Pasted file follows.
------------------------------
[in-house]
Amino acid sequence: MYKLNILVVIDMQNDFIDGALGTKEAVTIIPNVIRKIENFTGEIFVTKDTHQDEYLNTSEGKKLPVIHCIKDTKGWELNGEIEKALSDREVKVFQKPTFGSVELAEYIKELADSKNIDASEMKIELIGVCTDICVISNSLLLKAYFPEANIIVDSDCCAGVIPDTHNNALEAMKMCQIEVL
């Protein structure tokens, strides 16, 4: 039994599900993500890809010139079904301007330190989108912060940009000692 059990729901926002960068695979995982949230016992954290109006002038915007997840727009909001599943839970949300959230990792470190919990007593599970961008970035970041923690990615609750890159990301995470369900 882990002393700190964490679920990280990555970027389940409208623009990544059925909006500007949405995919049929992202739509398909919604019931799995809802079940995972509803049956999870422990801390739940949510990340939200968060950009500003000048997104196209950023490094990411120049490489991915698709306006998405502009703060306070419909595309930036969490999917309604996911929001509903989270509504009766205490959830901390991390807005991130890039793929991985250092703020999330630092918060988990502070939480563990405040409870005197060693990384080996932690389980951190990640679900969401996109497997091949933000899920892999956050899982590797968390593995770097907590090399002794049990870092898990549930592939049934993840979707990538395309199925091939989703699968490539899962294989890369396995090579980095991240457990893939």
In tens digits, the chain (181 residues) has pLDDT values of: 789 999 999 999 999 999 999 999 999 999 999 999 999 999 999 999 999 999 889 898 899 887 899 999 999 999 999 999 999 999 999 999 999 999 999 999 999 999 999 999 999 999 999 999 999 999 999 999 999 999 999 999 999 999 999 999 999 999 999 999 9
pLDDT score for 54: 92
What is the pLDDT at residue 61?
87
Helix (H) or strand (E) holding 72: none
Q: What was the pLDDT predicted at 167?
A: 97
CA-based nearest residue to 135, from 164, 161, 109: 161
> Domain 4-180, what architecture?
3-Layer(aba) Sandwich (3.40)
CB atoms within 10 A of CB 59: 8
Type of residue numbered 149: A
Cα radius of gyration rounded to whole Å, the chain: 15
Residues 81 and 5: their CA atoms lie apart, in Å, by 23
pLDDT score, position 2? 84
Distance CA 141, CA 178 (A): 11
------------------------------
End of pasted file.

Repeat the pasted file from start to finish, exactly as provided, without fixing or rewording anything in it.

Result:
[in-house]
Amino acid sequence: MYKLNILVVIDMQNDFIDGALGTKEAVTIIPNVIRKIENFTGEIFVTKDTHQDEYLNTSEGKKLPVIHCIKDTKGWELNGEIEKALSDREVKVFQKPTFGSVELAEYIKELADSKNIDASEMKIELIGVCTDICVISNSLLLKAYFPEANIIVDSDCCAGVIPDTHNNALEAMKMCQIEVL
């Protein structure tokens, strides 16, 4: 039994599900993500890809010139079904301007330190989108912060940009000692 059990729901926002960068695979995982949230016992954290109006002038915007997840727009909001599943839970949300959230990792470190919990007593599970961008970035970041923690990615609750890159990301995470369900 882990002393700190964490679920990280990555970027389940409208623009990544059925909006500007949405995919049929992202739509398909919604019931799995809802079940995972509803049956999870422990801390739940949510990340939200968060950009500003000048997104196209950023490094990411120049490489991915698709306006998405502009703060306070419909595309930036969490999917309604996911929001509903989270509504009766205490959830901390991390807005991130890039793929991985250092703020999330630092918060988990502070939480563990405040409870005197060693990384080996932690389980951190990640679900969401996109497997091949933000899920892999956050899982590797968390593995770097907590090399002794049990870092898990549930592939049934993840979707990538395309199925091939989703699968490539899962294989890369396995090579980095991240457990893939």
In tens digits, the chain (181 residues) has pLDDT values of: 789 999 999 999 999 999 999 999 999 999 999 999 999 999 999 999 999 999 889 898 899 887 899 999 999 999 999 999 999 999 999 999 999 999 999 999 999 999 999 999 999 999 999 999 999 999 999 999 999 999 999 999 999 999 999 999 999 999 999 999 9
pLDDT score for 54: 92
What is the pLDDT at residue 61?
87
Helix (H) or strand (E) holding 72: none
Q: What was the pLDDT predicted at 167?
A: 97
CA-based nearest residue to 135, from 164, 161, 109: 161
> Domain 4-180, what architecture?
3-Layer(aba) Sandwich (3.40)
CB atoms within 10 A of CB 59: 8
Type of residue numbered 149: A
Cα radius of gyration rounded to whole Å, the chain: 15
Residues 81 and 5: their CA atoms lie apart, in Å, by 23
pLDDT score, position 2? 84
Distance CA 141, CA 178 (A): 11